But some experts argue that men’s rights groups have been remarkably successful. The groups, says Rita Smith, director of the National Coalition Against Domestic Violence, “have taken over the way courts deal with custody issues, particularly when there are allegations of abuse,” largely by convincing them that there is such a thing as “Parental Alienation Syndrome” (PAS). (PAS is a supposed clinical disorder in which a child compulsively belittles one parent due to indoctrination by the other — frequently leveling false allegations of abuse. It is not recognized as a clinical disorder by either the American Psychiatric Association or the World Health Organization.) Citing studies that show that false domestic abuse accusations against men are far less common than men’s groups and PAS enthusiasts claim, Smith says the groups nevertheless have “been able to get custody evaluators, mediators, guardians ad litem and child protective service workers to believe that women and children lie about abuse.”
Threats and Abuse
One kind of abuse that is undeniable is the vilification of individual women on certain men’s group websites. The best example of that may be Register-Her, a registry of women who “have caused significant harm to innocent individuals either by the direct action of crimes like rape, assault, child molestation and murder, or by the false accusation of crimes against others.” The site was set up by Paul Elam, the blogger behind A Voice for Men, less than two weeks after Ball’s suicide. “If Mary Jane Rottencrotch decides to falsely accuse her husband of domestic violence in order to get the upper hand in a divorce,” Elam boasted on his Internet radio show, “we can publish all her personal information on the website, including her name, address, phone number … even her routes to and from work.”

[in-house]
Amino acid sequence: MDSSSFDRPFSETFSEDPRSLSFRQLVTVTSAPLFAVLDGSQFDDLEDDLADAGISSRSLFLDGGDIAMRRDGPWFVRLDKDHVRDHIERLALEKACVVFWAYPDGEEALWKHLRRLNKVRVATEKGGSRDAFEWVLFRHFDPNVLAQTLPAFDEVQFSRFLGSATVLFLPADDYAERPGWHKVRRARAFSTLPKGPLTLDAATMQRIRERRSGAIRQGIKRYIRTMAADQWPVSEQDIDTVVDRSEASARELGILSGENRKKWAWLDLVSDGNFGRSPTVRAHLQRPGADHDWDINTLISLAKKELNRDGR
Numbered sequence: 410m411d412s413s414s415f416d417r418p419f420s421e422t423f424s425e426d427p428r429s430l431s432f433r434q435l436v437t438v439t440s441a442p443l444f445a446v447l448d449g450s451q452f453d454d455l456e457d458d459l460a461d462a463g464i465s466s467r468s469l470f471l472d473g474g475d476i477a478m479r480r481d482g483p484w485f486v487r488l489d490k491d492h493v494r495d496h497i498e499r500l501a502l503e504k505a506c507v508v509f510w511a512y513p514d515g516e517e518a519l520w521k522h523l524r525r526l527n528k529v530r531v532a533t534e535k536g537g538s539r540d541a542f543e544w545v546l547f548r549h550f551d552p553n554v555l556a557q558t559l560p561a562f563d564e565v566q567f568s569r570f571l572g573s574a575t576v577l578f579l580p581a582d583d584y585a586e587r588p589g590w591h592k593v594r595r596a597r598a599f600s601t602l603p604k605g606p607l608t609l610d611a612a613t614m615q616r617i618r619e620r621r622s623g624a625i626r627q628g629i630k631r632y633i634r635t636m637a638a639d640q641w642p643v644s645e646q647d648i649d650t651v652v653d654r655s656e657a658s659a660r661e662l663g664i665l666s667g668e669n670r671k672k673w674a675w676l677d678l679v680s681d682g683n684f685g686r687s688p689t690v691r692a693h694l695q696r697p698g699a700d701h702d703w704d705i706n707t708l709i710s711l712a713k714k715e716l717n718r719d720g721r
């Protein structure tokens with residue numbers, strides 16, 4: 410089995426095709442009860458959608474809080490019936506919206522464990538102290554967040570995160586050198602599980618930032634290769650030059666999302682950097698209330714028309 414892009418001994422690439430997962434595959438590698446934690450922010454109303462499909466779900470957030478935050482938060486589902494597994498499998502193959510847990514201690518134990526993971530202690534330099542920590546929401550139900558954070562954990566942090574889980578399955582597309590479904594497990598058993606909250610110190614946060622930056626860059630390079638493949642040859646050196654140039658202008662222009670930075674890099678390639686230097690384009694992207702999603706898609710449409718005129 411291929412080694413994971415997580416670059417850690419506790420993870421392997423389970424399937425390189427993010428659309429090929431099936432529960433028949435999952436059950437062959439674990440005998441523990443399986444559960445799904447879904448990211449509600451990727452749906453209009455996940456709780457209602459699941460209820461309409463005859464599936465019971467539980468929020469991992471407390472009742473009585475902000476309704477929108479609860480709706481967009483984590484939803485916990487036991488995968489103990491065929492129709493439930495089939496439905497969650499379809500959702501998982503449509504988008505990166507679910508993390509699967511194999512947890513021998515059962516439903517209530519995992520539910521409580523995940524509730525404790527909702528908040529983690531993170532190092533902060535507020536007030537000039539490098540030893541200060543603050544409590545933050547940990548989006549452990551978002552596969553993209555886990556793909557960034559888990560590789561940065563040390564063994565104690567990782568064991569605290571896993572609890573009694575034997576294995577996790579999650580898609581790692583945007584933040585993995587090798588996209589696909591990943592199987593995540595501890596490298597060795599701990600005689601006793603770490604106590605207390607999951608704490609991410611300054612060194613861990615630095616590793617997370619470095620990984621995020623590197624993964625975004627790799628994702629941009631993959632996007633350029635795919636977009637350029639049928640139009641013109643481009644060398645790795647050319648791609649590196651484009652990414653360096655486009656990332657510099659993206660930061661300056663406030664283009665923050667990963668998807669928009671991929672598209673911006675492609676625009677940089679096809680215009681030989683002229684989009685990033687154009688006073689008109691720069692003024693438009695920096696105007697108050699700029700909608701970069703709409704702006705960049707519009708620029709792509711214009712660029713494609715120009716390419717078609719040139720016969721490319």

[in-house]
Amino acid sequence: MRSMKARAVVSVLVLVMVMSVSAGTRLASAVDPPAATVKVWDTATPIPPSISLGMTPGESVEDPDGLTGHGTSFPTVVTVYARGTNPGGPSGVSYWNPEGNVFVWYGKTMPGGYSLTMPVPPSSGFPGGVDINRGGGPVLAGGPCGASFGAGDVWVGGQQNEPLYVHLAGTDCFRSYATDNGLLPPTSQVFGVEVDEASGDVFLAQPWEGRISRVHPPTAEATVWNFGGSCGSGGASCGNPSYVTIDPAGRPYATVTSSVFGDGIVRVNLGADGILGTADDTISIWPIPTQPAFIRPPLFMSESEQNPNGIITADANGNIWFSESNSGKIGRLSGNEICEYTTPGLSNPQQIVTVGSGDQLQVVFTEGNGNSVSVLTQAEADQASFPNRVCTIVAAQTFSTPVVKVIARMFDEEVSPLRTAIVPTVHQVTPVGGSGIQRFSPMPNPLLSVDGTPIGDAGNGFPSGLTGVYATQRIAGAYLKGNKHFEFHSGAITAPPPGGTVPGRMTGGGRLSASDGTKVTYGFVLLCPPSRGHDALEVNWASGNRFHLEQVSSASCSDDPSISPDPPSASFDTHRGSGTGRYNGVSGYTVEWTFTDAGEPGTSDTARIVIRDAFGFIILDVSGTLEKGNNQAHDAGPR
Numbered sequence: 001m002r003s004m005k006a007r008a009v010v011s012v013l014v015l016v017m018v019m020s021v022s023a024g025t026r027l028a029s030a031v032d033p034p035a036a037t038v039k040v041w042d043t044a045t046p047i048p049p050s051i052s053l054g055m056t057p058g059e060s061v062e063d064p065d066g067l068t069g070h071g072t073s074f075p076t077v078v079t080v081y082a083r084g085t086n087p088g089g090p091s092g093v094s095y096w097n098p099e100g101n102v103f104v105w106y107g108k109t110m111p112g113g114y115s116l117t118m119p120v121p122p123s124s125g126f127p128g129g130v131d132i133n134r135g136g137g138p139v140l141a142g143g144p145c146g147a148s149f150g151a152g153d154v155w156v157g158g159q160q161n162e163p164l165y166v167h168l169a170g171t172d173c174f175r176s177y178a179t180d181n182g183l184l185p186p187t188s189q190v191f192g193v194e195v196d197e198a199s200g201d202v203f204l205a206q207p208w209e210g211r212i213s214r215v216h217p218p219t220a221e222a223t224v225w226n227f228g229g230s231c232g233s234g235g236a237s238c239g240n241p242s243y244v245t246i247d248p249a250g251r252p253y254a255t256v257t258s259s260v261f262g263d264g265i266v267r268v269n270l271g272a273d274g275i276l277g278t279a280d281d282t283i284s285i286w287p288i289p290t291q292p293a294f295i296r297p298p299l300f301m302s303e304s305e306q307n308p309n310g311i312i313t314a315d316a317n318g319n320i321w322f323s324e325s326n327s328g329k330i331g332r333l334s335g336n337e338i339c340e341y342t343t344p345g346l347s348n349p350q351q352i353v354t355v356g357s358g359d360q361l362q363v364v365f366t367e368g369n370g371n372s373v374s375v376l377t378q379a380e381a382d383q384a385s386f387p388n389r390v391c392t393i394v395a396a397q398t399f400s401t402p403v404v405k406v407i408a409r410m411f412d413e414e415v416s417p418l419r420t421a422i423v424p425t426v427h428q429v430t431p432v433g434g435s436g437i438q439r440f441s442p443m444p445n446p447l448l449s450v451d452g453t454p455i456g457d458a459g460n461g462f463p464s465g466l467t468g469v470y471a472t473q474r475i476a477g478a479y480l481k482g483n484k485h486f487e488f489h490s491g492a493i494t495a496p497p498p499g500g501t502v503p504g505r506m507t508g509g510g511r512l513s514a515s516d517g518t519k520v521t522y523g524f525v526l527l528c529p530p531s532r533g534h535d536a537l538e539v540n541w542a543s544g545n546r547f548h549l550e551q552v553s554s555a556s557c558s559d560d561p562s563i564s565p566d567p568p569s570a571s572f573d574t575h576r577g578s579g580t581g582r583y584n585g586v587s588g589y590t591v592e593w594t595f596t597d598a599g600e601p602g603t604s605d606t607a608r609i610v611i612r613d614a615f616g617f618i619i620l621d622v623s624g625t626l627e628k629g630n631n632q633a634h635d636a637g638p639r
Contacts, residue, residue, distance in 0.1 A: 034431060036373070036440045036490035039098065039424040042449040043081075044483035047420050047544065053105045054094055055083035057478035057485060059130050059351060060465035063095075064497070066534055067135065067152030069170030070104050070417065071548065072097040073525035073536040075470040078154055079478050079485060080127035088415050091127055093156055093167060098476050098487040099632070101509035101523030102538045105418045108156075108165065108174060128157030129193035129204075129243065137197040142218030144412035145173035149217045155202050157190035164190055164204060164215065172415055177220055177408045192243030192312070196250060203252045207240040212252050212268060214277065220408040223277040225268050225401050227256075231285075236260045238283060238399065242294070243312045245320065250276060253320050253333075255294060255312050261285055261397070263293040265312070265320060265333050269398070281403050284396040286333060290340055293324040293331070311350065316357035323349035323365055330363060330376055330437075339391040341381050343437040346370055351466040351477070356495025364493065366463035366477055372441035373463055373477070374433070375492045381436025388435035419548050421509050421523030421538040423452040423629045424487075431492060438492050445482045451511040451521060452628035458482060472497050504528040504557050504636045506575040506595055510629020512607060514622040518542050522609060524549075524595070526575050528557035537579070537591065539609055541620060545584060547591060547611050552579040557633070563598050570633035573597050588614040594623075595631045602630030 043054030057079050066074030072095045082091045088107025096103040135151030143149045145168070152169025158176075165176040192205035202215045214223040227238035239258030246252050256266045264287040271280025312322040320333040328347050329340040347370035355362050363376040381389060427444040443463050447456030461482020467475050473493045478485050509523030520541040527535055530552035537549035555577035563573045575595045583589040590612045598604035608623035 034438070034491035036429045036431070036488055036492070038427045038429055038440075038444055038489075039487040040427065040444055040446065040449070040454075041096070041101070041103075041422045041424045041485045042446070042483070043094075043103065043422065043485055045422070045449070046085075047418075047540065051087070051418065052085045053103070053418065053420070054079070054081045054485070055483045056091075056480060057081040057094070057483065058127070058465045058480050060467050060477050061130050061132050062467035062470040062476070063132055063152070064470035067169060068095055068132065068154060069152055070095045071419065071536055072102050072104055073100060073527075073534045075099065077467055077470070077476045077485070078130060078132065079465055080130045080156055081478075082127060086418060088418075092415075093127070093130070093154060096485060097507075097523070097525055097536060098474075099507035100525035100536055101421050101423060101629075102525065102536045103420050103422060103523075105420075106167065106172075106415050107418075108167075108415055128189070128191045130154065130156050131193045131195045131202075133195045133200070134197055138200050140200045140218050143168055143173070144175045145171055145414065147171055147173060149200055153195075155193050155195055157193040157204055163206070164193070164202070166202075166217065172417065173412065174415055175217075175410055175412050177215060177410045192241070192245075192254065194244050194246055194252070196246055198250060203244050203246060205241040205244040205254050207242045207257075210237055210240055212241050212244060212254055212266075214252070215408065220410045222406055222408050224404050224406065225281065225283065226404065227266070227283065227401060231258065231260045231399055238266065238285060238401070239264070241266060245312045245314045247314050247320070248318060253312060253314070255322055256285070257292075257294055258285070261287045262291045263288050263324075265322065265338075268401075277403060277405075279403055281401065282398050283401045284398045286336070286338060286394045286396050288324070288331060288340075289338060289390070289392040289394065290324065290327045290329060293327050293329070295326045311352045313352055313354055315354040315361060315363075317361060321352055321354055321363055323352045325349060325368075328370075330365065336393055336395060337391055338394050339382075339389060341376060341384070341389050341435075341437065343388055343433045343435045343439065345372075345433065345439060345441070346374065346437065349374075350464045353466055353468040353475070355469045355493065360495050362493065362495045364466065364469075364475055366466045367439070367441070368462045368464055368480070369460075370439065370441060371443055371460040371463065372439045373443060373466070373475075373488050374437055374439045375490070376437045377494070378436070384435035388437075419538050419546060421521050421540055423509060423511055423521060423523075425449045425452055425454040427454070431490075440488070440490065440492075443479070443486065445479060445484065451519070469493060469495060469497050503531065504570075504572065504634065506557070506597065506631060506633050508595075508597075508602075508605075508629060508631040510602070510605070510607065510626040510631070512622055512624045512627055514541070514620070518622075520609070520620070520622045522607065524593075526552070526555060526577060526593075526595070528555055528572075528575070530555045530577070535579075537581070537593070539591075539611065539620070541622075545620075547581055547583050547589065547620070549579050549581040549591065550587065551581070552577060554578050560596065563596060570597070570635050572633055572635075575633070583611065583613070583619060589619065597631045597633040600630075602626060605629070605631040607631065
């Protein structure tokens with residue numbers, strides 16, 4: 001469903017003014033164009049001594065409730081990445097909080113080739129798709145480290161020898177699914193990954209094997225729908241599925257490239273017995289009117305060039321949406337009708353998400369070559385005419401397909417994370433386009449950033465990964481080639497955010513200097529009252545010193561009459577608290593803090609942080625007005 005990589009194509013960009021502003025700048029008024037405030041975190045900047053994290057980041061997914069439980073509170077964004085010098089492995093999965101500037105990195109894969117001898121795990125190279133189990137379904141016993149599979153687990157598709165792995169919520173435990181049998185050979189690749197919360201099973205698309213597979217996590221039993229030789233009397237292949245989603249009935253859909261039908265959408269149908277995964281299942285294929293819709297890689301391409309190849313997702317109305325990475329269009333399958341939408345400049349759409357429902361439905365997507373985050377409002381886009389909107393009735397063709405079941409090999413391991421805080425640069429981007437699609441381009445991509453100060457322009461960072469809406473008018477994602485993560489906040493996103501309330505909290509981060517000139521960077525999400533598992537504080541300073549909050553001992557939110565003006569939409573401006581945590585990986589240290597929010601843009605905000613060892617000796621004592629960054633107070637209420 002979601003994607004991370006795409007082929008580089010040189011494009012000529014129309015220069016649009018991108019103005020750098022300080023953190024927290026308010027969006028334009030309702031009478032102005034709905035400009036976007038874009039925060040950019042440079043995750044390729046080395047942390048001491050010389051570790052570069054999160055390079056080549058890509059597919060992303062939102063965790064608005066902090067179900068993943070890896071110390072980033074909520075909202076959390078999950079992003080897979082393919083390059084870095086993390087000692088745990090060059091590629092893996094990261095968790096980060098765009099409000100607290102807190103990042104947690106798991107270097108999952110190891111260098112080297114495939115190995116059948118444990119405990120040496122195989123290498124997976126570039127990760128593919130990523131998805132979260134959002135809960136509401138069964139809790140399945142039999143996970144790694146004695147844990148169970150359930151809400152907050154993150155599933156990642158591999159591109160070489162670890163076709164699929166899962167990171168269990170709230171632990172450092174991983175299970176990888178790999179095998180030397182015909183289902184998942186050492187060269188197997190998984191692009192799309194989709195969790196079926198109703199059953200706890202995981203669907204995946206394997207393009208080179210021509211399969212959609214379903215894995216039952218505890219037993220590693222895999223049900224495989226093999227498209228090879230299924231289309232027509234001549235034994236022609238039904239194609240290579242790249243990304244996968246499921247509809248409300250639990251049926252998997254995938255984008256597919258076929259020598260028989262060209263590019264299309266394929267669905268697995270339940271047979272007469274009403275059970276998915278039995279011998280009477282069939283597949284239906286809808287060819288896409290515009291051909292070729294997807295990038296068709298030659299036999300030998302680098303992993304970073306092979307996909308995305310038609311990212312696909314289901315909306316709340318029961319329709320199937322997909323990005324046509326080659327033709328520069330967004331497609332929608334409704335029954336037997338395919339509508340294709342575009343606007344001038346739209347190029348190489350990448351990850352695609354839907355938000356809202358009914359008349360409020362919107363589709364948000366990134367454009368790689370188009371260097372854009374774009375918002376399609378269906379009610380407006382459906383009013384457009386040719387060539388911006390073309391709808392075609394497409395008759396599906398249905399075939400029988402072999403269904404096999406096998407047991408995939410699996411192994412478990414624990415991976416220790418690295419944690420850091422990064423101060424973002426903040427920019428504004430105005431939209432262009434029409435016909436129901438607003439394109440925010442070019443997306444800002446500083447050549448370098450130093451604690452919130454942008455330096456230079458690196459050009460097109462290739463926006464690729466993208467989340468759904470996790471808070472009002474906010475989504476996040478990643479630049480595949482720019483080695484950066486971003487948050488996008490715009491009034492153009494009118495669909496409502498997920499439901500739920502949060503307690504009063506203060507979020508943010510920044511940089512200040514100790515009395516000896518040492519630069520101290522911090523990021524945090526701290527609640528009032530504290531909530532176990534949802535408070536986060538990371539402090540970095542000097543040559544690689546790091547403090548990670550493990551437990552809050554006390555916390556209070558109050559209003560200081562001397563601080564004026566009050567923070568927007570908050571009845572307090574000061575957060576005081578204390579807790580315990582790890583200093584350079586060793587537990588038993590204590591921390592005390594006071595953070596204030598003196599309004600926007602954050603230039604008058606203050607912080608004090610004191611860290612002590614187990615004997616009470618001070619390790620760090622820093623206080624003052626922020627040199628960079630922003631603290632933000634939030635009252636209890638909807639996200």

Under a headline reading, “Why are these women not in prison?” the site features photos and information about some 250 alleged malefactors, including notorious women like Lorena Bobbitt and Tonya Harding, although Elam hasn’t made good on his threat to publish home addresses or phone numbers. Many of those listed received prison sentences for various crimes, but large numbers were acquitted in court, while others were never accused of any lawbreaking. A well-known feminist, for example, is listed for “anti-male bigotry,” which is compared to racism.
Elam’s site can be frightening to its targets. In one case, he offered a cash reward to the first reader to ferret out a pseudonymous feminist blogger’s real name. In another, Elam singled out a part-time blogger at ChicagoNow who describes herself as a “vegetarian park activist with two baby girls.” The woman’s mistake was to write about her discomfort with male adults helping female toddlers in the bathroom at her daughter’s preschool. The blogger conceded that she was being sexist, but wrote that “I’d rather be wrong than find out if I’m right.”
After the woman was listed, she was widely attacked on men’s movement sites. “I don’t always use the word ‘cunt’ to describe a woman,” one poster raged, “but when I do it’s because of reasons like these.” Shocked, the “Mommy blogger” took down her original post and apologized for her “demonization of men.”
It wasn’t enough. “You targeted fathers, and just fathers,” Elam rebuked her. “It strikes me that you have never really been held to account for any of your actions in life. It is quite likely that the concept of complete, selfless accountability is just completely foreign to you.” Over at the Reddit Mens Rights forum, another poster fumed: “This entire episode should be a warning to all those male hating feminists out there who believe that they are safe screaming their hate messages on the web. Finally, they are held accountable for their hate messages and finally the rest of the world will find out exactly what type of depraved people they really are.”
Amanda Marcotte, who is a prime Register-Her target, writes about men’s rights activists less than she used to. That’s not because she doesn’t take them seriously — they introduce too many “anti-woman, anti-child, pro-abuse, pro-rape ideas into the public discourse” not to — but because “they’re so doggedly mean. It becomes frightening after a while.” Marcotte says the registry may incite violence against its targets, especially because many angry male activists are active abusers. “They interact with their ideological adversaries online,” she says, “much as they do with their spouses and children: ‘I’ll give you something to cry about!’”